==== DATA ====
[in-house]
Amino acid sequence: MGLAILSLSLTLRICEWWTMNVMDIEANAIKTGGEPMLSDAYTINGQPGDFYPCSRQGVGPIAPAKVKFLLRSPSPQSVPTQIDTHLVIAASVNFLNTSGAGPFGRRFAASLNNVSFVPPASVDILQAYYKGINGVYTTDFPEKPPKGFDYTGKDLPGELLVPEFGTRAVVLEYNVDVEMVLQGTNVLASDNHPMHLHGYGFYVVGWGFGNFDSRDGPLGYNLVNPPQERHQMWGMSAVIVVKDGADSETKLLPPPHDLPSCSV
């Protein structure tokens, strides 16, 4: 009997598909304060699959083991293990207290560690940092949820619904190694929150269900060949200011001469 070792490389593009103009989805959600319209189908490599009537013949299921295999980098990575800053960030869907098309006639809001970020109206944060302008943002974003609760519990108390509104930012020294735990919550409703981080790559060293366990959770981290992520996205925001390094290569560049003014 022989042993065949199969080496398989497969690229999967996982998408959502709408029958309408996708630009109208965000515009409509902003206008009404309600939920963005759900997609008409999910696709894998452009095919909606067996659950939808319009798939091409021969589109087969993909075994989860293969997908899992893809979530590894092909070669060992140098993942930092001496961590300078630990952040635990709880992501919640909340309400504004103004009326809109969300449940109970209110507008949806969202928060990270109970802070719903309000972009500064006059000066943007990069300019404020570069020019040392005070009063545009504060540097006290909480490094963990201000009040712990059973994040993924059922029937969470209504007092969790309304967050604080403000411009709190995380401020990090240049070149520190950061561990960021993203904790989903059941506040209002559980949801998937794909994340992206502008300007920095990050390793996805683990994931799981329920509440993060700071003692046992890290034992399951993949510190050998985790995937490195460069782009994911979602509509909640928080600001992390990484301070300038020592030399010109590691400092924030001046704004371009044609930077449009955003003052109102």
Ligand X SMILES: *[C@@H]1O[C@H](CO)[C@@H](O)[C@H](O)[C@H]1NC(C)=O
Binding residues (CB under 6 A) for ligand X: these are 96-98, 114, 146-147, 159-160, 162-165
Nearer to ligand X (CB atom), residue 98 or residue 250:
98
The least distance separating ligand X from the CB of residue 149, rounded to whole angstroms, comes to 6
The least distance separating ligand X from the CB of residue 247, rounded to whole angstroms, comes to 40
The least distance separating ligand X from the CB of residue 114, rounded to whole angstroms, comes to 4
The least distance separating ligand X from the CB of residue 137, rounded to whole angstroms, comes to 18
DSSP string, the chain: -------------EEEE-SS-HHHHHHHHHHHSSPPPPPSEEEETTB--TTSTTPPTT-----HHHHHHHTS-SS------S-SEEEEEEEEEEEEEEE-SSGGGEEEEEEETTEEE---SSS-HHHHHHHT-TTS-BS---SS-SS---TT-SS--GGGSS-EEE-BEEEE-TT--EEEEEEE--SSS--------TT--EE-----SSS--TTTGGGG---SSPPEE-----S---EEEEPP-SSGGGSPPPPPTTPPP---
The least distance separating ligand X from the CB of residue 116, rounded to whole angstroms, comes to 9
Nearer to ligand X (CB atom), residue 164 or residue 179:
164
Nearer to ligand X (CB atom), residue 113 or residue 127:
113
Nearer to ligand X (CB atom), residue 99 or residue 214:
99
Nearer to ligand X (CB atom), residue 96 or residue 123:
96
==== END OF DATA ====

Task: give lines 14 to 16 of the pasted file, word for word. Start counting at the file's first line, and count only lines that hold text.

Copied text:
Nearer to ligand X (CB atom), residue 164 or residue 179:
164
Nearer to ligand X (CB atom), residue 113 or residue 127: